Cigna beats one provider network pay suit, but others still loom


A federal judge on Monday dismissed a lawsuit alleging Cigna underpaid behavioral health providers for out-of-network claims and passed big bills on to patients.

U.S. District Judge Edward Davila in the Northern District of California tossed the proposed class-action lawsuit brought by four behavioral health providers against Cigna, rejecting allegations that the Bloomfield, Conn.-based insurer engaged in antitrust, racketeering, fraud, conspiracy and unfair business practices.

The providers claimed that Cigna violated federal and state laws by systematically reimbursing them for mental health and substance abuse treatment at unreasonably low rates that violated the terms of their patients’ insurance plans.

Patients who were enrolled in Cigna employer health plans were left with big bills that often amounted to 90% of the cost of their care, the complaint alleged.

But Davila ruled that since the patients ended up paying the providers for the care, they “are the more direct victims.”

“Plaintiffs’ injuries arise, if at all, only to the extent that their patients do not pay the amounts that Cigna does not reimburse,” the judge wrote.

The Cigna plans allegedly paid Viant, a vendor that is also named as a defendant in the case, to reprice each out-of-network claim, and providers claimed they weren’t paid the promised “usual, customary and reasonable” rates. Viant is owned by MultiPlan, which describes itself as a healthcare cost-management company.

Davila also ruled nothing in Cigna’s plan requires it to reimburse providers at the larger rate requested. Because these individuals gained coverage through ERISA, Davila said the state complaints are duplicative of the federal allegations and should be dismissed. Finally, plaintiffs’ lawyers fail to prove that Cigna and Viant engaged in deceitful conduct.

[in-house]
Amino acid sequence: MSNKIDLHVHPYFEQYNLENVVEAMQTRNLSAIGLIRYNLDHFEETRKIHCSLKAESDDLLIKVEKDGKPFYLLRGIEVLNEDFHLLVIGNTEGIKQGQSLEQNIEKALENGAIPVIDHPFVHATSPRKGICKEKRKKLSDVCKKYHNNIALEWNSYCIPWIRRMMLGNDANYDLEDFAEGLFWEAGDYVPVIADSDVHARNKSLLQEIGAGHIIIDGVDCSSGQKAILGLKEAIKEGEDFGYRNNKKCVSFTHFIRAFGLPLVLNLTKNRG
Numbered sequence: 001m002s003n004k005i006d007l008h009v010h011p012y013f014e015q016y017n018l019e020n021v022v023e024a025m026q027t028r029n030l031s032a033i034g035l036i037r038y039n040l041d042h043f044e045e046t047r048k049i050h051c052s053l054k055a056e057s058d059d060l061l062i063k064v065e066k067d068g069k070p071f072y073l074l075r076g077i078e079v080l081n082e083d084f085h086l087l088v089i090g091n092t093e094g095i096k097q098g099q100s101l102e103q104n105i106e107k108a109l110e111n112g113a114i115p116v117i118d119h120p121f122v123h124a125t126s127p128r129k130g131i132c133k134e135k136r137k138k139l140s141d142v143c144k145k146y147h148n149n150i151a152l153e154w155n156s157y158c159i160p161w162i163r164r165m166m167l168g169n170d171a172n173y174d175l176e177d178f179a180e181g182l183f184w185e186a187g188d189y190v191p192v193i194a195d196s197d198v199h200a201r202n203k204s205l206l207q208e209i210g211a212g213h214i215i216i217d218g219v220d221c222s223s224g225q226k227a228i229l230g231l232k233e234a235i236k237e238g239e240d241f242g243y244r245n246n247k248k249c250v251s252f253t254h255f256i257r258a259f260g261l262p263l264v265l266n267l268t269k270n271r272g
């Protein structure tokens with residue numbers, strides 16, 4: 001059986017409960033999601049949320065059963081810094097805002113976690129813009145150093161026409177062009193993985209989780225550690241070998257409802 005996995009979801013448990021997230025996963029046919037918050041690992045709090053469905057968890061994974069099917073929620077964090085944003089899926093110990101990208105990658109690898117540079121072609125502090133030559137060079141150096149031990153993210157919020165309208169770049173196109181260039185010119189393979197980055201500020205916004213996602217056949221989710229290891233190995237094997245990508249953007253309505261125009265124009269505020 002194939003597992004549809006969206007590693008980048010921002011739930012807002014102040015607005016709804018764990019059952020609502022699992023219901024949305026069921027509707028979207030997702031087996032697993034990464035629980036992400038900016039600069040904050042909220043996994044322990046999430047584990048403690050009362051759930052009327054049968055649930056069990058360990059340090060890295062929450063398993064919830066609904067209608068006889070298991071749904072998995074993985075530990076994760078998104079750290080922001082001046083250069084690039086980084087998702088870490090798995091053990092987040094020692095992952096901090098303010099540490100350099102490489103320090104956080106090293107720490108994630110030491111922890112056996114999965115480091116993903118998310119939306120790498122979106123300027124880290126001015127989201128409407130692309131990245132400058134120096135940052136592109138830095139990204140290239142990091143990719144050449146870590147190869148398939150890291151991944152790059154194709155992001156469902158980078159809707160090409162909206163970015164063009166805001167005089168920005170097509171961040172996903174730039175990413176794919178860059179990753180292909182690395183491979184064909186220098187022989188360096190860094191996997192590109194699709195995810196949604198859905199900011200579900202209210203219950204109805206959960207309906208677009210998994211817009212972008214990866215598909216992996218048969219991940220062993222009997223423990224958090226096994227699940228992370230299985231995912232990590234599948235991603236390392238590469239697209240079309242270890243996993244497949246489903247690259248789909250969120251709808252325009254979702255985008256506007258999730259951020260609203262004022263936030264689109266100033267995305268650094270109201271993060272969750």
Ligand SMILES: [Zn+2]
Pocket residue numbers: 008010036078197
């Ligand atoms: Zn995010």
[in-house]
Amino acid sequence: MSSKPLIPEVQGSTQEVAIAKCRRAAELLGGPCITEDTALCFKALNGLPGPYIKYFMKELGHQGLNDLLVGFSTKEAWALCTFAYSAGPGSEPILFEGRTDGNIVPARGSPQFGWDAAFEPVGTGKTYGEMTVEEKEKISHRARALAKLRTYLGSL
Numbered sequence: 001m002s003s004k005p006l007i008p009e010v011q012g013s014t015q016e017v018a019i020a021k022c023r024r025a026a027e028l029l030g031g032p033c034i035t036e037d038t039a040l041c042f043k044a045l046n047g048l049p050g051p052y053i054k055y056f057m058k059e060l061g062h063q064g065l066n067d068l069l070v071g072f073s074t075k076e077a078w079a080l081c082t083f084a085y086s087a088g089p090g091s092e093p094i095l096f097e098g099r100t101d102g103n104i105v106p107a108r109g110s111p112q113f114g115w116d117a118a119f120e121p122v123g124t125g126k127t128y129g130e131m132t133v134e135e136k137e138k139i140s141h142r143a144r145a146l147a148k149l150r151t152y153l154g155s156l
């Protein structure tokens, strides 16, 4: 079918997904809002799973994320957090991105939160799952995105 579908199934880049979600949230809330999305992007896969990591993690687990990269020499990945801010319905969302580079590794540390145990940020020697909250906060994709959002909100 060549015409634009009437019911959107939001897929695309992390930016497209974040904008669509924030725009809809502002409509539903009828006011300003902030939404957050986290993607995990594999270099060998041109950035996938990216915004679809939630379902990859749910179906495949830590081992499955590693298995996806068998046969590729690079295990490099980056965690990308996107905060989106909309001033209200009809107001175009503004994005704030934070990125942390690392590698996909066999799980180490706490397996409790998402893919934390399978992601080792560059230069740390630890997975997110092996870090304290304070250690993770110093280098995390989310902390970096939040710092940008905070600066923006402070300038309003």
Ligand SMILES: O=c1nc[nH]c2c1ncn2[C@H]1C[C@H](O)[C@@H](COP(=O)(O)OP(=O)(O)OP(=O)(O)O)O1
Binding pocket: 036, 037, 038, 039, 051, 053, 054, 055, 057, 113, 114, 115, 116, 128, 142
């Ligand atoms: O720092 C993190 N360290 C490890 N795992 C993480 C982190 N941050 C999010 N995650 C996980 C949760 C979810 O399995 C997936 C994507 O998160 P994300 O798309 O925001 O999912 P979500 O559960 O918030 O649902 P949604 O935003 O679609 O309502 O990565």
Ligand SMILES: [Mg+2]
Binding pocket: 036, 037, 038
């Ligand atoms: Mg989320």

“The complaint lacks any specifics as to the who, what, when, where, and how of any particular fraudulent communication,” Davila wrote.

The providers can amend their complaint on all allegations except the antitrust claim before April 19.

Cigna still faces other similar lawsuits. The Bloomfield, Conn.-based payer faces a similar lawsuit from a group of patients. These individuals argue that because the insurers underpaid their providers, they were left on the hook for bills averaging $30,000 each.

On March 23, Davila ruled that patients’ claims that Cigna violated federal laws around plan payment, operations and public informational materials will continue to be debated in the U.S. District Court for the Northern District of California.

He tossed antitrust, racketeering, fraud, conspiracy and unfair business practice charges, saying Cigna and Viant’s relationship is indicative “routine commercial dealing” and that plaintiffs fail to show that the two companies intended to fraudulently underpay claims. He reiterated that their relationship is not competitive and therefore does not necessitate antitrust action.

Cigna does not comment on pending litigation.

United Behavioral Health faces similar allegations from patients and providers, alleging it too worked with Viant to pay for benefits at below-market rates.

On March 11, United Behavioral Health filed a motion to dismiss behavioral health providers’ federal claims. That same day, U.S. District Judge Yvonne Gonzalez Rogers denied a motion by MultiPlan to dismiss racketeering and fraud claims by patients.

“We are committed to helping people access the mental health and substance use treatments they need, and reimbursing providers, including out-of-network providers, consistent with the terms of members’ benefit plans,” United said in a statement. “We will vigorously defend ourselves in this case.”


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